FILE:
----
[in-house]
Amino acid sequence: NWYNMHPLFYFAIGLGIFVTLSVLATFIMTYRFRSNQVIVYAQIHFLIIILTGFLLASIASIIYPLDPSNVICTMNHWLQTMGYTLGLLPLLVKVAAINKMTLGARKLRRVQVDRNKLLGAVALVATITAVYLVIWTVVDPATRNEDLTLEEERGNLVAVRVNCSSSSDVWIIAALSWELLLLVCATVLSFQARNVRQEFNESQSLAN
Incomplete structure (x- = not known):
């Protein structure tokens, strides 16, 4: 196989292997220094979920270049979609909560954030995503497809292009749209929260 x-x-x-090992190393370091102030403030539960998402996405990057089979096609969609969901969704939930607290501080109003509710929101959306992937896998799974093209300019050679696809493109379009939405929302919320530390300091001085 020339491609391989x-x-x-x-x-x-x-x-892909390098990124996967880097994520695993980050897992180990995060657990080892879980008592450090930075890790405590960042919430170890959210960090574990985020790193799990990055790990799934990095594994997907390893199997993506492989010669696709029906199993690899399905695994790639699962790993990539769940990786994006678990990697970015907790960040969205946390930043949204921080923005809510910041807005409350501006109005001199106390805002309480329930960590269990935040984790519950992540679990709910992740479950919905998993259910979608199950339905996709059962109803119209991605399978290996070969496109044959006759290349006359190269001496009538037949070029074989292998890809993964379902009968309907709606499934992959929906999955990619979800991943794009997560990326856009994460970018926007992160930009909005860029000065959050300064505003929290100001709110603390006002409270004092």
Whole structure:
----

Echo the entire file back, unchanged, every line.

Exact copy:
[in-house]
Amino acid sequence: NWYNMHPLFYFAIGLGIFVTLSVLATFIMTYRFRSNQVIVYAQIHFLIIILTGFLLASIASIIYPLDPSNVICTMNHWLQTMGYTLGLLPLLVKVAAINKMTLGARKLRRVQVDRNKLLGAVALVATITAVYLVIWTVVDPATRNEDLTLEEERGNLVAVRVNCSSSSDVWIIAALSWELLLLVCATVLSFQARNVRQEFNESQSLAN
Incomplete structure (x- = not known):
């Protein structure tokens, strides 16, 4: 196989292997220094979920270049979609909560954030995503497809292009749209929260 x-x-x-090992190393370091102030403030539960998402996405990057089979096609969609969901969704939930607290501080109003509710929101959306992937896998799974093209300019050679696809493109379009939405929302919320530390300091001085 020339491609391989x-x-x-x-x-x-x-x-892909390098990124996967880097994520695993980050897992180990995060657990080892879980008592450090930075890790405590960042919430170890959210960090574990985020790193799990990055790990799934990095594994997907390893199997993506492989010669696709029906199993690899399905695994790639699962790993990539769940990786994006678990990697970015907790960040969205946390930043949204921080923005809510910041807005409350501006109005001199106390805002309480329930960590269990935040984790519950992540679990709910992740479950919905998993259910979608199950339905996709059962109803119209991605399978290996070969496109044959006759290349006359190269001496009538037949070029074989292998890809993964379902009968309907709606499934992959929906999955990619979800991943794009997560990326856009994460970018926007992160930009909005860029000065959050300064505003929290100001709110603390006002409270004092």
Whole structure: